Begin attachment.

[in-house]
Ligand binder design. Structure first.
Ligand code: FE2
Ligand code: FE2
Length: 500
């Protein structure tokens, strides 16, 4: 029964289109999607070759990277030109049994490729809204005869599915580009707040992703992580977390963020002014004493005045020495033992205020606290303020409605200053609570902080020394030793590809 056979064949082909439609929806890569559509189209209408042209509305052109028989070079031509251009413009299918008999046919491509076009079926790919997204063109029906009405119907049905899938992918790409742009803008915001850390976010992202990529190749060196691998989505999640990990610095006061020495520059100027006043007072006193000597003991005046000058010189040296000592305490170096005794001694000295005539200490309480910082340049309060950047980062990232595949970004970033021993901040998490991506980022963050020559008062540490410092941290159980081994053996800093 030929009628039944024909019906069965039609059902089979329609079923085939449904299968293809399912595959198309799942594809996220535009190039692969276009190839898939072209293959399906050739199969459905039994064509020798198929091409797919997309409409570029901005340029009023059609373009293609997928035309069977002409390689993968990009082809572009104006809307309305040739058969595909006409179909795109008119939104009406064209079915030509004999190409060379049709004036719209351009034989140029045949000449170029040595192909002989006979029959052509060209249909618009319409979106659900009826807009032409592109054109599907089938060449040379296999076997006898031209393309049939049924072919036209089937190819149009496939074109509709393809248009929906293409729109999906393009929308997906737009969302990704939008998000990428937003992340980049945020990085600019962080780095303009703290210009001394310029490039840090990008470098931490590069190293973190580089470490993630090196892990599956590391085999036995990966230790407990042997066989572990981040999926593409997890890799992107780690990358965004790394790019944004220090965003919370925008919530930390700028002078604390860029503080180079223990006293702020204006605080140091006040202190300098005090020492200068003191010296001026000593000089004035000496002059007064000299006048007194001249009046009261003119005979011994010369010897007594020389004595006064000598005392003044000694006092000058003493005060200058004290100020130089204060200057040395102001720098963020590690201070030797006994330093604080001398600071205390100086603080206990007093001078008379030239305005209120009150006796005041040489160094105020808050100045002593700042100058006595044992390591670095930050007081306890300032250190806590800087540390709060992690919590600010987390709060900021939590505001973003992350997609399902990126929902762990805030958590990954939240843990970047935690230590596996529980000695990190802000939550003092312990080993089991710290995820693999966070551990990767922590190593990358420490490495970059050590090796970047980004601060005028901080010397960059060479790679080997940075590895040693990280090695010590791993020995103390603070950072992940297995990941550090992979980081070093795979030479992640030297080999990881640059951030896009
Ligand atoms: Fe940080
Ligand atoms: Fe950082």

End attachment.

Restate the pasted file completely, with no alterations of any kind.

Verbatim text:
[in-house]
Ligand binder design. Structure first.
Ligand code: FE2
Ligand code: FE2
Length: 500
């Protein structure tokens, strides 16, 4: 029964289109999607070759990277030109049994490729809204005869599915580009707040992703992580977390963020002014004493005045020495033992205020606290303020409605200053609570902080020394030793590809 056979064949082909439609929806890569559509189209209408042209509305052109028989070079031509251009413009299918008999046919491509076009079926790919997204063109029906009405119907049905899938992918790409742009803008915001850390976010992202990529190749060196691998989505999640990990610095006061020495520059100027006043007072006193000597003991005046000058010189040296000592305490170096005794001694000295005539200490309480910082340049309060950047980062990232595949970004970033021993901040998490991506980022963050020559008062540490410092941290159980081994053996800093 030929009628039944024909019906069965039609059902089979329609079923085939449904299968293809399912595959198309799942594809996220535009190039692969276009190839898939072209293959399906050739199969459905039994064509020798198929091409797919997309409409570029901005340029009023059609373009293609997928035309069977002409390689993968990009082809572009104006809307309305040739058969595909006409179909795109008119939104009406064209079915030509004999190409060379049709004036719209351009034989140029045949000449170029040595192909002989006979029959052509060209249909618009319409979106659900009826807009032409592109054109599907089938060449040379296999076997006898031209393309049939049924072919036209089937190819149009496939074109509709393809248009929906293409729109999906393009929308997906737009969302990704939008998000990428937003992340980049945020990085600019962080780095303009703290210009001394310029490039840090990008470098931490590069190293973190580089470490993630090196892990599956590391085999036995990966230790407990042997066989572990981040999926593409997890890799992107780690990358965004790394790019944004220090965003919370925008919530930390700028002078604390860029503080180079223990006293702020204006605080140091006040202190300098005090020492200068003191010296001026000593000089004035000496002059007064000299006048007194001249009046009261003119005979011994010369010897007594020389004595006064000598005392003044000694006092000058003493005060200058004290100020130089204060200057040395102001720098963020590690201070030797006994330093604080001398600071205390100086603080206990007093001078008379030239305005209120009150006796005041040489160094105020808050100045002593700042100058006595044992390591670095930050007081306890300032250190806590800087540390709060992690919590600010987390709060900021939590505001973003992350997609399902990126929902762990805030958590990954939240843990970047935690230590596996529980000695990190802000939550003092312990080993089991710290995820693999966070551990990767922590190593990358420490490495970059050590090796970047980004601060005028901080010397960059060479790679080997940075590895040693990280090695010590791993020995103390603070950072992940297995990941550090992979980081070093795979030479992640030297080999990881640059951030896009
Ligand atoms: Fe940080
Ligand atoms: Fe950082």